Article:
David Martin Davies

Host, "The Source," "Texas Matters"

David Martin Davies is  a veteran journalist with more than 20 years of experience covering Texas, the border and Mexico. 

Davies is the host of "The Source," am hour-long live call-in news program that airs on KSTX at noon Monday through Thursday. Since 1999 he was been the host and producer of "Texas Matters," a weekly radio news magazine and podcast that looks at the issues, events and people in the Lone Star State. 

Davies' reporting has been featured on National Public Radio, American Public Media's "Marketplace" and the BBC. He has written for The San Antonio Light, The San Antonio Express-News, The Texas Observer and other publications.

His reporting has been recognized with numerous awards. Davies was named the 2008 Texas Radio Journalist of the Year by the Houston Press Club. In 2015, he was recognized with two First Amendment Awards by the Fort Worth Chapter of the Society of Professional Journalists. The Association for Women in Communications San Antonio Professional Chapter honored Davies with the 2015 Edna McGaffey Media Excellence Headliner Award.

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This week on Texas Matters:

  • How a city's effort to criminalize homelessness can perpetuate the problem for people living on the streets (0:30).
  • The mayor of Port Aransas testifies about how Hurricane Harvey left his city is in ruins and how they need help (6:48).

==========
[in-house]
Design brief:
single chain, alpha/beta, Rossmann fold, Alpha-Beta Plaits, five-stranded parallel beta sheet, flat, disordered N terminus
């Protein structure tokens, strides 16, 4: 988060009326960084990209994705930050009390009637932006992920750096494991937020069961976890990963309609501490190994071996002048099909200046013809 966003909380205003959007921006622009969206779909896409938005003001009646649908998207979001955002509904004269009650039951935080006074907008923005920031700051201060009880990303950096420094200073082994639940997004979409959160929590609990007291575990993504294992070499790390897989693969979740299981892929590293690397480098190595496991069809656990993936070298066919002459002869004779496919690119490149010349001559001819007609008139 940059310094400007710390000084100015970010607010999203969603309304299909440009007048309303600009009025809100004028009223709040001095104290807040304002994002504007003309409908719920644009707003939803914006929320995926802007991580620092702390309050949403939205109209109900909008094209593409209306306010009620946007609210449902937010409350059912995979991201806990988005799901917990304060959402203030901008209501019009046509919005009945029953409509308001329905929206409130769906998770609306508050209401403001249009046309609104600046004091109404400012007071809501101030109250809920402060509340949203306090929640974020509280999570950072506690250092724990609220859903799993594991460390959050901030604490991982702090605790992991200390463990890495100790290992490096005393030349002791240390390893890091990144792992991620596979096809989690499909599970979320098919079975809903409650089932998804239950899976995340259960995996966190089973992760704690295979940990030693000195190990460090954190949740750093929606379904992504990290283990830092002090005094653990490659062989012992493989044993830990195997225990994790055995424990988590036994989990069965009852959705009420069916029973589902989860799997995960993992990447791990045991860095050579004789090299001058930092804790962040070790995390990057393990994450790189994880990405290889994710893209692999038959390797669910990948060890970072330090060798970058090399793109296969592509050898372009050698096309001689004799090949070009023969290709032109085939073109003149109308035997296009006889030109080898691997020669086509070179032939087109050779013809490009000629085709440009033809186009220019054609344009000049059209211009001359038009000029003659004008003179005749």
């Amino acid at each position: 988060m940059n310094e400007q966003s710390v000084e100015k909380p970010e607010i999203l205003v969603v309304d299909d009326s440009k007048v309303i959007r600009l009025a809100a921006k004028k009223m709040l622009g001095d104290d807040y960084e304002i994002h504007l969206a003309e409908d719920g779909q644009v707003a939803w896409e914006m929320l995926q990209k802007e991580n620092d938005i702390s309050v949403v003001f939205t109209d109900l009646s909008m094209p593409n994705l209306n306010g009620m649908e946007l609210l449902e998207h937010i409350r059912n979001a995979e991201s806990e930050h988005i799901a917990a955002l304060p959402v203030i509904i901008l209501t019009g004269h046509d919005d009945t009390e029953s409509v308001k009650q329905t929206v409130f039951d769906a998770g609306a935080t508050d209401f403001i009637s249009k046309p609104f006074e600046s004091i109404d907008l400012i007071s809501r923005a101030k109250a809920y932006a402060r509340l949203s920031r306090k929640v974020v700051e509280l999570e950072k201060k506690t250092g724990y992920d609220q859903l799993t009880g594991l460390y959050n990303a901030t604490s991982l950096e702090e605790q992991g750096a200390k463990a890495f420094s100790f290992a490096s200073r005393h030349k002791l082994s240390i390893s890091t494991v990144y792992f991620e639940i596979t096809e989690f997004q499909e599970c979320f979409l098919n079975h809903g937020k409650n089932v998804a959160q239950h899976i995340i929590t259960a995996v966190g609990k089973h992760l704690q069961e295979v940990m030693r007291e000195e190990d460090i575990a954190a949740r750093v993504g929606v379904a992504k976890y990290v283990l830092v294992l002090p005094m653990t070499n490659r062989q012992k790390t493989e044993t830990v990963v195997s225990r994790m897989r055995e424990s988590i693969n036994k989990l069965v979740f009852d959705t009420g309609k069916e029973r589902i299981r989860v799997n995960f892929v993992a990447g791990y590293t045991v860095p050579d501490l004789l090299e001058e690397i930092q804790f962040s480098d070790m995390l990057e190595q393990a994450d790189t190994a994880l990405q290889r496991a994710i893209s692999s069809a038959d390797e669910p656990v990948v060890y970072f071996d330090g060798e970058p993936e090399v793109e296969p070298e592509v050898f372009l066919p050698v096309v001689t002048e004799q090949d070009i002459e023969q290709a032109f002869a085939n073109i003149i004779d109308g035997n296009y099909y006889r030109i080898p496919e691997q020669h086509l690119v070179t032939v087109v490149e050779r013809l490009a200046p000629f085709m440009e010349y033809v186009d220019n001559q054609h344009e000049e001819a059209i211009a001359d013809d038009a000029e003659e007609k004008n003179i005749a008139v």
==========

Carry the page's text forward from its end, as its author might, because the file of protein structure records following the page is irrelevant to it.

•  The Texas National Guard is scooping up cell phone calls and data without warrants or oversight (14:55).
  • Guest commentator Yvette Benavides talks about the problem of sexual harassment in plain sight (23:04).


David Martin Davies

One week after the mass shooting at First Baptist Church in Sutherland Springs, the congregation gathered for its Sunday service to mourn the loss of the 26 lives while also celebrating the faith that brings them together.


courtosy: Folo Media

The San Antonio v. Rodriguez case challenged the use of local property taxes to fund school districts. 

But a 5-4 decision by the U.S. Supreme Court in 1973 to uphold the funding structure has led to what many have called "discriminatory" and "fundamentally unfair." 

On this "Texas Matters," we look at how this decision might have created a system of separate and unequal schools that, some argue, while not directly based on race, creates disparities along racial lines.

David Martin Davies / Texas Public Radio

This story was updated at 9:50 a.m.

First responders across Texas are learning how to better deal with those with mental illness. They are attending a weeklong course in crisis intervention training hosted by the San Antonio Police Department’s mental health unit. 

 

Texas voters are being asked to go to the polls and decide on seven constitutional amendments.

These propositions vary from offering a property tax exemption (Prop 1) for partially-disabled veterans who received a donated home to allowing banks and credit unions (Prop 7) conduct host savings promotion raffles to promote savings by offering prizes.

“Texas Matters” is zeroing in on Prop 2, which — in a nutshell — changes Texas home equity lending provisions.

 

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